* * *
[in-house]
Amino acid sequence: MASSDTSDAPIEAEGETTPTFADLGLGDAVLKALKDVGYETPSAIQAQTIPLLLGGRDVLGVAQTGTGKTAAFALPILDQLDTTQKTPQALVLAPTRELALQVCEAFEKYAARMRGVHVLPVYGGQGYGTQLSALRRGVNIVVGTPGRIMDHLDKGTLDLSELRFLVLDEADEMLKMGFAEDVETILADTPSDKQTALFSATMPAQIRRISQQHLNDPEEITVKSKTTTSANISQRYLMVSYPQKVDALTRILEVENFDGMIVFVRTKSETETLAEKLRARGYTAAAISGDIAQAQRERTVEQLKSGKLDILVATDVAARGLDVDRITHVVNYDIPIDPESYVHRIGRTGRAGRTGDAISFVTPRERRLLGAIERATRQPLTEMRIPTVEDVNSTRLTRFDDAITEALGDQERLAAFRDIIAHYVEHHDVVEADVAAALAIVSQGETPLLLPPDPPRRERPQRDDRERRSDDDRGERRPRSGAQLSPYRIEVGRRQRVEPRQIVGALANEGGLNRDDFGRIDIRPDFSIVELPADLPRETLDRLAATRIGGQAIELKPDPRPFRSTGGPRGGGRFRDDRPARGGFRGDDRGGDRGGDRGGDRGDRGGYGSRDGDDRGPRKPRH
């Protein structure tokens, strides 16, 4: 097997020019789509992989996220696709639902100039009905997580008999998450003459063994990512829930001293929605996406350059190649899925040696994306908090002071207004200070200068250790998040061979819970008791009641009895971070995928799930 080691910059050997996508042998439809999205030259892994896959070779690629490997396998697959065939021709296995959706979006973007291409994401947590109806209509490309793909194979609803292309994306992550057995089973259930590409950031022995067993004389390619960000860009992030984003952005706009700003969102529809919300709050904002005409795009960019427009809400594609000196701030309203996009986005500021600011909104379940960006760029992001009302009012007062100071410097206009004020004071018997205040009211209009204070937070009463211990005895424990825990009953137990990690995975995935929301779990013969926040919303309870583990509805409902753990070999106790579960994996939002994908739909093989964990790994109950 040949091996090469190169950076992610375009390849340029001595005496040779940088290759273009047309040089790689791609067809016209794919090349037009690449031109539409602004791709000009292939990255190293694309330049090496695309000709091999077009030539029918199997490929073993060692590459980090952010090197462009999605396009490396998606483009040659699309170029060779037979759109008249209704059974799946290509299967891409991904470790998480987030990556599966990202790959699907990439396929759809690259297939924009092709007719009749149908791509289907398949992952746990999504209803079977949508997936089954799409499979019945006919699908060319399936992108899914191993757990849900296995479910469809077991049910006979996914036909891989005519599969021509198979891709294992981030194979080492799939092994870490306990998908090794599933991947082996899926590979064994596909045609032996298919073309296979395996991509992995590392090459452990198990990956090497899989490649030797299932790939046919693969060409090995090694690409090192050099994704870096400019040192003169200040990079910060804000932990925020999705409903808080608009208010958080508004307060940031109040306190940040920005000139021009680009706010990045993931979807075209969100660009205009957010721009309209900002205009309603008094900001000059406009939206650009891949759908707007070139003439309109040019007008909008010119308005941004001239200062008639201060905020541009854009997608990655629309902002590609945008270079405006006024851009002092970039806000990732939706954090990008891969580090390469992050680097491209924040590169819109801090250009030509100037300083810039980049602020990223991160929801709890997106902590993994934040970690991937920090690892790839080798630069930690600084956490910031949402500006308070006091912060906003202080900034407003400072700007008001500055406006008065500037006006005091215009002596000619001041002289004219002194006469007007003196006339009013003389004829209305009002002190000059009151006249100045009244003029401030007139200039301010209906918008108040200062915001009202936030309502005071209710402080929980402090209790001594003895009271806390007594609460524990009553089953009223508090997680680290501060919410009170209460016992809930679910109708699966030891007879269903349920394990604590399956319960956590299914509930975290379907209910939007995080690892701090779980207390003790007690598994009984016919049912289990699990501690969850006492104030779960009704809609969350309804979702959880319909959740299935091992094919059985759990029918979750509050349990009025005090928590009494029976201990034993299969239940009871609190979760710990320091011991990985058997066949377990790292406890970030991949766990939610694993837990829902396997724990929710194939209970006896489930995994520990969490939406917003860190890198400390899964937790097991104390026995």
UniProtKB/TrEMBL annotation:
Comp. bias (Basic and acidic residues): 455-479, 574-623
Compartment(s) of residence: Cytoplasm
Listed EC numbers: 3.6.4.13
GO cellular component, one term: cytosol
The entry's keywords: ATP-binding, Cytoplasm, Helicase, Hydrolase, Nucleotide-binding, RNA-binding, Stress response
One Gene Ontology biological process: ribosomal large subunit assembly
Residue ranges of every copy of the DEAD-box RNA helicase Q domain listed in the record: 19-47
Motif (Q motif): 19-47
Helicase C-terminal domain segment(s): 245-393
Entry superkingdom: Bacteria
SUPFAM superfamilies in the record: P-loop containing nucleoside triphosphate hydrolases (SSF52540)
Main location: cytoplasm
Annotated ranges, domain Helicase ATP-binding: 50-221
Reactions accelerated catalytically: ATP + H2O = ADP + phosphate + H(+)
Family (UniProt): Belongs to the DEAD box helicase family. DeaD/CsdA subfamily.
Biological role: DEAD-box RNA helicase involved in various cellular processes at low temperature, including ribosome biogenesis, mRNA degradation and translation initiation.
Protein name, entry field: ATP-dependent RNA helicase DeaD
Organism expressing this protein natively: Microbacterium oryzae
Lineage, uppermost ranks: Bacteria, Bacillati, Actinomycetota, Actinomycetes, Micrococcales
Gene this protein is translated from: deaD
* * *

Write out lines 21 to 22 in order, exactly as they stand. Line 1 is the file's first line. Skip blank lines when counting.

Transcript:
Protein name, entry field: ATP-dependent RNA helicase DeaD
Organism expressing this protein natively: Microbacterium oryzae